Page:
Friday, September 28, 2018
Ken Wiley's Cuerno Exotica
Lush and tropical.
Everyone wants lush and tropical, right? Music that is lush and tropical is not only romantic, it's romantic in the sense that it takes you somewhere beautiful, a place where you can relax and be yourself and enjoy every moment. Jazz that is heavy in both Latin and Caribbean influences usually accomplishes those feelings and connections with ease. People who are fortunate to travel to such idyllic locations earn a splendid imprint on their psyches, a supreme feeling of contentment that this type of music instantly summons. Ken Wiley's new album, Cuerno Exotica, is such a vessel for that kind of happiness with its dense, modern structure and superb musical performances. It's a magical balm for your stressful existence in every conceivable way.
Wiley fronts this magnificent music with an unusual instrument--the French horn. (He also plays piano.) Despite the fact that one of my exes plays the instrument, I've always associated this brass instrument with a more civil tone, a reserved countenance that reminds me more of the English countryside than anything else. In this context, however, Wiley's horn is winsome and attractive. It reminds me of such words as "tradewinds," of traveling to places that can only be approached with a catamaran. Coupled with Mark Leggett's gorgeous acoustic guitar and Dan Higgins' wistful flute and piccolo, Wiley re-imagines a dream, a vacation from odd angles and jagged edges. He's smart enough to embrace plenty of percussion to solidify those Latin places and emotions, but there's no denying that he's created an innovative way to present his idea of world music in a way that's incredibly sure and hypnotic.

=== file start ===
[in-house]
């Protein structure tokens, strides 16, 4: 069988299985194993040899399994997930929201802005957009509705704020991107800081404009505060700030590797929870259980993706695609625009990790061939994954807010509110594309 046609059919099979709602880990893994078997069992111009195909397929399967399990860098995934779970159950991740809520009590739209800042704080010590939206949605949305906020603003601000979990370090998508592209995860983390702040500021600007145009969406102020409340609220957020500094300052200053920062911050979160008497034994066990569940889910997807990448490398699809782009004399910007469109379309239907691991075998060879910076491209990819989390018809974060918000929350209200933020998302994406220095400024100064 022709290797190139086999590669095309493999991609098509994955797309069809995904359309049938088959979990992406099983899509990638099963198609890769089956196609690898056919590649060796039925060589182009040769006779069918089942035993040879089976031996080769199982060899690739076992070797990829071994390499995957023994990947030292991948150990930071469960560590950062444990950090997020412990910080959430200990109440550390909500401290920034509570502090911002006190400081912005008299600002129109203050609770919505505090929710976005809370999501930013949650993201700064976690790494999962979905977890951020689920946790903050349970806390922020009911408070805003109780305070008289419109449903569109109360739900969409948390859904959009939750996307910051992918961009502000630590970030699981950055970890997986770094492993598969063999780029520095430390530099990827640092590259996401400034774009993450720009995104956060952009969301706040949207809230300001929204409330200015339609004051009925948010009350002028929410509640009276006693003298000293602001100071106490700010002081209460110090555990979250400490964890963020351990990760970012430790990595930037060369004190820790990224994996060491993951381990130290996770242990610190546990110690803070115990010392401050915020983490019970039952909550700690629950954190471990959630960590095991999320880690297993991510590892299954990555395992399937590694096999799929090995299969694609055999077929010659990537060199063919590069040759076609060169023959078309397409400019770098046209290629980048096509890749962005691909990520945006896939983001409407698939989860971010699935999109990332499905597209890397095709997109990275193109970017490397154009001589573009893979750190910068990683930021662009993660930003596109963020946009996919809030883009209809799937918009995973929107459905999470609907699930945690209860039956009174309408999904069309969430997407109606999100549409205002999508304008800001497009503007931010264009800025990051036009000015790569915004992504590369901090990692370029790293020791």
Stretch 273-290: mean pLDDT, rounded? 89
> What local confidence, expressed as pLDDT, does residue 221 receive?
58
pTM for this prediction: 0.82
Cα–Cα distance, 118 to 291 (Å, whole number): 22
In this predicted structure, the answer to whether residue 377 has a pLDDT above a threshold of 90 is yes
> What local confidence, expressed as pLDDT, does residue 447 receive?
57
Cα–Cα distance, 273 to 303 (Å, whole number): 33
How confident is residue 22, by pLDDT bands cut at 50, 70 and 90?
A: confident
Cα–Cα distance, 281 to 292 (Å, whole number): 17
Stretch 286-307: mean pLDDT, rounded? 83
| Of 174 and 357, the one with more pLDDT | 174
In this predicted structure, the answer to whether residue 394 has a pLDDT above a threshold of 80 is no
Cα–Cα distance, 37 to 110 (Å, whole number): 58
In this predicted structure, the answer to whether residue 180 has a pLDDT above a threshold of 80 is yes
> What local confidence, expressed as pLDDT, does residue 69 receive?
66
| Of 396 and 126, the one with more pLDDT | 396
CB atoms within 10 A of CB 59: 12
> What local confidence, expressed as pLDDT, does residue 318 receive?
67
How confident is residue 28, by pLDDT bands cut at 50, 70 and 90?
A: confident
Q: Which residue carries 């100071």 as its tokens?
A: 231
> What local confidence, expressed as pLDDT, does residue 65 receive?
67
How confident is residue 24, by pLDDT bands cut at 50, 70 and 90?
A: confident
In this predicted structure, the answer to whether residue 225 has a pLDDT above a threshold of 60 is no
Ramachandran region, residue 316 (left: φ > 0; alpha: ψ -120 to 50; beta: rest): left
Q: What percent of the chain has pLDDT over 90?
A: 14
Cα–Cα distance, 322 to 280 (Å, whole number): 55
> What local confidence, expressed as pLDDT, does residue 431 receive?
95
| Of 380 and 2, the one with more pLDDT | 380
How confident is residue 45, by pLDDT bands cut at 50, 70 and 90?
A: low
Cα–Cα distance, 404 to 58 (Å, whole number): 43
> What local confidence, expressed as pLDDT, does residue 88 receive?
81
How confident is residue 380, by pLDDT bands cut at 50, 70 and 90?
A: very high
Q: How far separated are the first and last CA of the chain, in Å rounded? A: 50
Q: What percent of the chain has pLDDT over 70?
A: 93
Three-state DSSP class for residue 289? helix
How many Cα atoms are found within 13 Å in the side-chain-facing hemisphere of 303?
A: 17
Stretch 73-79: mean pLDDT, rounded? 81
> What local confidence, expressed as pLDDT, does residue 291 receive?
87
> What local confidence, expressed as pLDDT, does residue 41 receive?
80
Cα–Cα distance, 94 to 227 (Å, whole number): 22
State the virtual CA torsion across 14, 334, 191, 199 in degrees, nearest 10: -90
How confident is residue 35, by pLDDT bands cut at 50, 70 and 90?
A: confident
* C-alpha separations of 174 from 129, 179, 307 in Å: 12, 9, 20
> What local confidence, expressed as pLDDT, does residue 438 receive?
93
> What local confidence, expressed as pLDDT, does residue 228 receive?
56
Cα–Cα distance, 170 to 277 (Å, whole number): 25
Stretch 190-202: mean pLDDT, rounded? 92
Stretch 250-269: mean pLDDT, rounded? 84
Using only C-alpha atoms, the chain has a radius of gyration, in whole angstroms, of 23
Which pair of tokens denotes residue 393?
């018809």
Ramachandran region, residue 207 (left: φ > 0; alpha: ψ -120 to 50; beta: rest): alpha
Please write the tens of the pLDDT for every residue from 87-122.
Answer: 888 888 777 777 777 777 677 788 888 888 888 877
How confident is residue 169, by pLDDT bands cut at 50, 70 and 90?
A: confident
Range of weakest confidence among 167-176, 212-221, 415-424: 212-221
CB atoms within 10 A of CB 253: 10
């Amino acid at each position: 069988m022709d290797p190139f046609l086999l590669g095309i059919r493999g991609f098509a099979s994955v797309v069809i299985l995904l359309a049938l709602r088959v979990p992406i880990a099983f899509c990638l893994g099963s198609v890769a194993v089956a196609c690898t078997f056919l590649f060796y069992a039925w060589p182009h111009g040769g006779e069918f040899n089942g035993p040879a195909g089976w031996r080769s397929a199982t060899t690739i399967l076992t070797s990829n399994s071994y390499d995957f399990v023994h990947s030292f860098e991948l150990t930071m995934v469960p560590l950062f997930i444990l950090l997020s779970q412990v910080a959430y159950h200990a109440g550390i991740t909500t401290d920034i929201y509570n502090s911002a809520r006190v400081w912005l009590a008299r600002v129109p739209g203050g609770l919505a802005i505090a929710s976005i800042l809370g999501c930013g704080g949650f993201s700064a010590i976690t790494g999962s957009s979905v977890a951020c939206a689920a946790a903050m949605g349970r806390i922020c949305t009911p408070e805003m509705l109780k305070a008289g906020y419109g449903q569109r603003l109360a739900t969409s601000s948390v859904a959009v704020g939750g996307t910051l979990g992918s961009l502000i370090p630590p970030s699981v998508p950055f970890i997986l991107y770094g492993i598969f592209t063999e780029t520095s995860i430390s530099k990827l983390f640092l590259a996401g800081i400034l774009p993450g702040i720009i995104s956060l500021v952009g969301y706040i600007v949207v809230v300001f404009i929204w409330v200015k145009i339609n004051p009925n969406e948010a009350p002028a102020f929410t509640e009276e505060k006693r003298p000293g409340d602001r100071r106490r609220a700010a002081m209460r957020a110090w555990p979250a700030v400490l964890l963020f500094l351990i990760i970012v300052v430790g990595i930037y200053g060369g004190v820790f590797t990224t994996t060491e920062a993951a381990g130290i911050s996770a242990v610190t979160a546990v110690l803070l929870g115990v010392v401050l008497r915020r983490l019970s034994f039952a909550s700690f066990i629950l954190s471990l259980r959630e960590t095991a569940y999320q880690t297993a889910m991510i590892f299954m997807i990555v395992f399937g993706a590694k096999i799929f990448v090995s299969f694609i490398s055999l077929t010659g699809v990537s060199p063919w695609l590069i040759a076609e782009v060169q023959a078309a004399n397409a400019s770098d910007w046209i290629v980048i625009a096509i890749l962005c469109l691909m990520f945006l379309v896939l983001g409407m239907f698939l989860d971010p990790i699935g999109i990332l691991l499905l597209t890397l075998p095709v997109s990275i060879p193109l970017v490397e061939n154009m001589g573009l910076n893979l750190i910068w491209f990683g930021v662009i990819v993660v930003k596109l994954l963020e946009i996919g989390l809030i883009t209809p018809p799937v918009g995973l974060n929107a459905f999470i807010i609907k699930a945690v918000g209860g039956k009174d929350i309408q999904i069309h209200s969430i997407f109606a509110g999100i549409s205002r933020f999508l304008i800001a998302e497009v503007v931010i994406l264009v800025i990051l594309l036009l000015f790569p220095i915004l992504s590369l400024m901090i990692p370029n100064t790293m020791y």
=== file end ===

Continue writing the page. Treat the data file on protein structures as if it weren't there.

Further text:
Cuerno Exotica starts off with a casual and seductive rendering of Ravel's Bolero. It's immediately identifiable, of course, but it's so languid in its method that you might wonder why it hasn't been offered in this way before. If you're convinced that this piece is an expression of love and lovemaking, you'll connect the dots rather quickly. But if you're like me, an avid lover of Ravel, you'll be equally compelled by the structure of the piece and how it was so revolutionary at the time of its debut. Wiley's version, however, does ooze with the visions of a forbidden tryst on a seductive beach, one where the participants are mesmerized equally by each other's eyes and the distant horizon where adventure awaits.
From Bolero we are treated to more exacting arrangements of those lush and tropical themes--McCoy Tyner's fabulous "Sama Layuca" and Cal Tjader's "Black Orchid" are far more logical in their interpretations. What elevates this music from being a mere "Bali Hai" travelogue is that denseness I described, how the music flows easily while offering an almost infinite range of details. The rhythm section is subdued and yet vital, producing a momentum that expands upon the obvious vision of Ravel. This album rewards deep listening, but it's also magical in its role as the soundtrack for the vacation of a lifetime, spent on a veranda with a soft sound of waves crashing on the sand.